Sunday, Jul 14, 2024
Update At 14:00    USD/EUR 0,00  ↑+0        USD/JPY 0,00  ↑+0        USD/KRW 0,00  ↑+0        EUR/JPY 0,00  ↑+0        Crude Oil 0,00  ↑+0        Asia Dow 0,00  ↑+0        TSE 0,00  ↑+0        Japan: Nikkei 225 0,00  ↑+0        S. Korea: KOSPI 0,00  ↑+0        China: Shanghai Composite 0,00  ↑+0        Hong Kong: Hang Seng 0,00  ↑+0        Singapore: Straits Times 0,00  ↑+0        DJIA 0,00  ↑+0        Nasdaq Composite 0,00  ↑+0        S&P 500 0,00  ↑+0        Russell 2000 0,00  ↑+0        Stoxx Euro 50 0,00  ↑+0        Stoxx Europe 600 0,00  ↑+0        Germany: DAX 0,00  ↑+0        UK: FTSE 100 0,00  ↑+0        Spain: IBEX 35 0,00  ↑+0        France: CAC 40 0,00  ↑+0        

Yamato Gokin: A leader the manufacture of thermally conductive materials

Interview - August 18, 2023

First established more than 80 years ago, Yamato Gokin now supplies more than 100 different copper alloys and is looking to expand its customer base around the world. The firm already counts Honda among its clients, and has the capacity to supply its products to an increasingly diverse range of industries.


Monozukuri is Japan’s famous international philosophy of manufacturing and it has become known throughout the world. Today responding to market demands requires quality, cost, delivery (QCD), and this QCD element has become critical to competing in a rapidly globalizing world. Your company is over 70 years old and you supply more than 100 different copper alloys. Could you give us your take on monozukuri and the advantages it gives your company as you compete internationally?

President Hagino: Firstly, the quality of regional Asian countries’ products is very different, especially in our field of special copper alloys. Sometimes Chinese companies are capable of making good performing products, but keeping that performance consistent is quite difficult for them. I feel that American and European high-level customers and users know the difference. Asian competitors sometimes are uneven and lack uniformity. For the Chinese, kaizen is a worker-only philosophy, with only the employees on the ground following continual improvement, whereas in Japan, kaizen is something that is done together. From bottom to top, continual improvement is very important to many Japanese firms. I think this mindset sets Japan apart from regional competing countries.

Our company will be celebrating its 82nd anniversary this year, and we have lived through three generations of executives. I have worked here for 24 years now, but to this day I continue to follow in my father’s and grandfather’s footsteps. That history is very powerful. There aren’t many Asian companies that are older than 30-50 years, so the fact that we are still standing strong after 82 years is a testament to the hard work and dedication of three generations of Yamato Gokin. 82 years also have the accompanying pool of knowledge and expertise, and I think we have a deep pool in that regard. That kind of knowledge and know-how is difficult to steal.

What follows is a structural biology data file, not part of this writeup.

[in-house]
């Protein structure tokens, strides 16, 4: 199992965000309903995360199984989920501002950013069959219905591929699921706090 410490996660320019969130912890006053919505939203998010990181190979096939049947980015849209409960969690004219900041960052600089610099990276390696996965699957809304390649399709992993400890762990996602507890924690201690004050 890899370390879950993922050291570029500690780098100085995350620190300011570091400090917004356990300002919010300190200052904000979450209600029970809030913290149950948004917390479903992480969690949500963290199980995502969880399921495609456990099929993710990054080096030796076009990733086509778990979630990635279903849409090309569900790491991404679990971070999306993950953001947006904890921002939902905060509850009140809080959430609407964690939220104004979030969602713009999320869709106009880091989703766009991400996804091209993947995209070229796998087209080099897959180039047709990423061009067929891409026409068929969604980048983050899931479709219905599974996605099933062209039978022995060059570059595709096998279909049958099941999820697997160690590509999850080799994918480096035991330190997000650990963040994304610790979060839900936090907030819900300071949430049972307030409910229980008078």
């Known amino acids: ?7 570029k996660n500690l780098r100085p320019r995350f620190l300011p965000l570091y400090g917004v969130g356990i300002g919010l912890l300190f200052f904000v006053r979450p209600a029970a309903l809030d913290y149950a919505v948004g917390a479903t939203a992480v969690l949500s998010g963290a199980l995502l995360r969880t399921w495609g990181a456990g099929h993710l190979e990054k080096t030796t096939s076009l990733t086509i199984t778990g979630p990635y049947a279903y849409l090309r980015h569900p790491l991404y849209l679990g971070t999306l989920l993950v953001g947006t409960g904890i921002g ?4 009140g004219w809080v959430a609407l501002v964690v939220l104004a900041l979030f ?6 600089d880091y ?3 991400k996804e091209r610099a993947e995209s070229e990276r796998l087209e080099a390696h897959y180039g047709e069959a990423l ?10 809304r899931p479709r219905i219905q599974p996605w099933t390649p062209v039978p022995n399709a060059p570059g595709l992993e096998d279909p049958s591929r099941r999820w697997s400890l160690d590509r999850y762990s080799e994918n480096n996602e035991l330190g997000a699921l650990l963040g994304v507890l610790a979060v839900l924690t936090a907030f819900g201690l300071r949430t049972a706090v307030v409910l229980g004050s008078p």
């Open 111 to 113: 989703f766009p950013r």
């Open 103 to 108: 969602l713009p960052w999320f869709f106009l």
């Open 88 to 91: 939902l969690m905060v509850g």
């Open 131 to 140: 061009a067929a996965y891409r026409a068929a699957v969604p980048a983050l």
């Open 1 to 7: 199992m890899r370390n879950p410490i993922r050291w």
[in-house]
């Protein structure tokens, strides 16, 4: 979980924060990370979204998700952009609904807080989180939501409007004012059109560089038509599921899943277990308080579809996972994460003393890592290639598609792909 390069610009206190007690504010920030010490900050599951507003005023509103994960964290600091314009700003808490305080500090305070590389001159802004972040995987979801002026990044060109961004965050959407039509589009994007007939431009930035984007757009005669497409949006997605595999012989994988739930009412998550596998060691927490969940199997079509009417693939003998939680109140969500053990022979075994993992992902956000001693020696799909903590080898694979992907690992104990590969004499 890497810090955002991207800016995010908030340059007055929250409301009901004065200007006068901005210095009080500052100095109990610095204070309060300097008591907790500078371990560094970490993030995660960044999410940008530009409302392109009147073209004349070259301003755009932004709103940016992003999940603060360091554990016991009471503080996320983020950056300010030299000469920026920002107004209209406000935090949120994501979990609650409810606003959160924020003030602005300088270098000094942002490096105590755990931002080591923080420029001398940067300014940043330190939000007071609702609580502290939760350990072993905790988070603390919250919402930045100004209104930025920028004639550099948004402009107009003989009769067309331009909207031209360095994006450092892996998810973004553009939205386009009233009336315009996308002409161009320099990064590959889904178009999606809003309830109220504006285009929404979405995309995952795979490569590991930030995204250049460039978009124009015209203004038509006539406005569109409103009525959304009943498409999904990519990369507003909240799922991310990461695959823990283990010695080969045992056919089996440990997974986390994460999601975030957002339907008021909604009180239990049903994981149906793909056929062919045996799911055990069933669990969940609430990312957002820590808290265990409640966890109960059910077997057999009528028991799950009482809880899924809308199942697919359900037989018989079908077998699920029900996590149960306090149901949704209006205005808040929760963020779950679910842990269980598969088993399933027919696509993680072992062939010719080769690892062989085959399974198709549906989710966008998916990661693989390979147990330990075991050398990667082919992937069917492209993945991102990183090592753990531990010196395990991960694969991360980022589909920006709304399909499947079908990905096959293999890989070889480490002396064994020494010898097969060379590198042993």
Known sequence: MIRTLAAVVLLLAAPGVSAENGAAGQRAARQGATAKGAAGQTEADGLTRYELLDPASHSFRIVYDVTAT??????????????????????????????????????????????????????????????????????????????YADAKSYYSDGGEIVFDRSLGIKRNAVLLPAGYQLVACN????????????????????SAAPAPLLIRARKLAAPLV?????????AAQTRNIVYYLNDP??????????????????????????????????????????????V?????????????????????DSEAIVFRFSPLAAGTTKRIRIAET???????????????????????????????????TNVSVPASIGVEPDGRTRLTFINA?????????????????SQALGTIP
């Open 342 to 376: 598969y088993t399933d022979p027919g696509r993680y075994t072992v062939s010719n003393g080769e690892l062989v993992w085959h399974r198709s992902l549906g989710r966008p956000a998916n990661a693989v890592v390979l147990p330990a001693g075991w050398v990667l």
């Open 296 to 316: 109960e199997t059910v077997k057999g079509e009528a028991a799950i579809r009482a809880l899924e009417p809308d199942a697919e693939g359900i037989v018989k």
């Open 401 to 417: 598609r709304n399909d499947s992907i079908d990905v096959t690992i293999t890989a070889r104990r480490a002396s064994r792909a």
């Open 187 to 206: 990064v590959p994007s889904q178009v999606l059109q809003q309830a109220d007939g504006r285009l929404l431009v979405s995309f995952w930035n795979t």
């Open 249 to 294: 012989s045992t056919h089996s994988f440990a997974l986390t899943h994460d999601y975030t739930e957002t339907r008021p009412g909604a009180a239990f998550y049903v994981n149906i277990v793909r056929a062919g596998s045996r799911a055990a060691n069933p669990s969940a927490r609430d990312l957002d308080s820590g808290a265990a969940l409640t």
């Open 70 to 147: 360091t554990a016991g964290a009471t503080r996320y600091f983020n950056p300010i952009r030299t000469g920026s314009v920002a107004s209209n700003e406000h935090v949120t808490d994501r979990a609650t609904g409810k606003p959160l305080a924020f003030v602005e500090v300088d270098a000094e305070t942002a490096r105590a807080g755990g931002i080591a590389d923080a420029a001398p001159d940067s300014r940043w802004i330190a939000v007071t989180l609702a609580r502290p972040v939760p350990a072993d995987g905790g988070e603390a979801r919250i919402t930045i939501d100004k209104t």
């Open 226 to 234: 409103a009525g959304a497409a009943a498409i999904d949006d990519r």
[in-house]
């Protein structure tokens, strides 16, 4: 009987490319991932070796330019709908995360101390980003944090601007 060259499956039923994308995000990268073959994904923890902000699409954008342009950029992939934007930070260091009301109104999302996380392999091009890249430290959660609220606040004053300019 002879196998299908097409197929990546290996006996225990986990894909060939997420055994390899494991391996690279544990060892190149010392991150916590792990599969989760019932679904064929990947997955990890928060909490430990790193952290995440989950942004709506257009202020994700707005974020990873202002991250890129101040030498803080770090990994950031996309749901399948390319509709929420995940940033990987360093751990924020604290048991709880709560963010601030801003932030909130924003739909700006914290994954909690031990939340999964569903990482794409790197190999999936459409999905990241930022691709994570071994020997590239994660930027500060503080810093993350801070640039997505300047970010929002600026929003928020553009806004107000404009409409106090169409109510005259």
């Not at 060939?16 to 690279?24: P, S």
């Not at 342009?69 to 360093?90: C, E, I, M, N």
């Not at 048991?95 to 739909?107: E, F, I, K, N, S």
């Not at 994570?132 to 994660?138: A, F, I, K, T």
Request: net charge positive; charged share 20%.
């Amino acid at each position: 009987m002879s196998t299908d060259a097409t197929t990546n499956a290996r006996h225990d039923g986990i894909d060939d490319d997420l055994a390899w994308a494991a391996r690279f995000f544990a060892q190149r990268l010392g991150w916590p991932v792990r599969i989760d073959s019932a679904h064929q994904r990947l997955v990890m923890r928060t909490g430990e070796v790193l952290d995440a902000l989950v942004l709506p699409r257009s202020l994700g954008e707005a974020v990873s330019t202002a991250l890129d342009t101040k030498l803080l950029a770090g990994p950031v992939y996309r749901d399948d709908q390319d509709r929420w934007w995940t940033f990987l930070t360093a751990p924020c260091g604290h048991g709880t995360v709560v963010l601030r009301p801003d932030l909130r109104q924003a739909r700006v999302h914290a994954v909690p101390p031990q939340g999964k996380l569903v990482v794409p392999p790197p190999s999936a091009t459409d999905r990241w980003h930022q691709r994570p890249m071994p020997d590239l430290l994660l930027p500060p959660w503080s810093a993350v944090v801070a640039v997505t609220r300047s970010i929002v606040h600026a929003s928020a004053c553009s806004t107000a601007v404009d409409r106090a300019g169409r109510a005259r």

As you know, the population of Japan is in decline and is becoming a big threat to the monozukuri that has been developed by firms like yours over many decades now. An aging population and a declining fertility rate put Japan at under 100 million people by the year 2050. Your business uses copper as your main material and combines it with other metals to create much stronger and thermally conductive materials in forging and casting very labor-intensive processes, traditionally. How is your firm reacting to these demographic changes in terms of your business continuation plan (BCP) for labor? In terms of the domestic market, are you seeing a shrink in demand and is there a need to find new clients overseas?

President Hagino: Yes, that is exactly true, and ideally, I would like to introduce my special copper alloys to the world, and I’m not only talking about Western countries but also Asian countries too. Of course, different materials are needed in different markets. The population problem you mentioned is a very real threat in Japan, but we are also seeing this phenomenon occur in many nations across the world now. Our company only has a headcount of around 160 people, so as long as we have people around us who are interested in the company we will be able to continue hiring. This year we had 10 new employees joining our firm, both men and women and in fact, they started working for the firm on April 1st, 2023. We don’t promote ourselves using hiring websites, instead, we utilize several connections we have with high schools and universities. Professors have helped introduce us to good students, but when I say good students I don’t necessarily mean excellent scores, rather I’m talking about mindset and behaviour. Additionally, employees have suggested that Yamato Gokin might be an option for friends and family members who are looking for work. Domestically in Japan there is a big social problem where young people tend to drop out of working for a company after only 3 years, I think the statistics are around 30%. I think this is a case of misunderstandings and mismatches in expectations both ways. We have an internship program before employees work full time, and this means that we can establish mutual understanding before someone fully joins the company.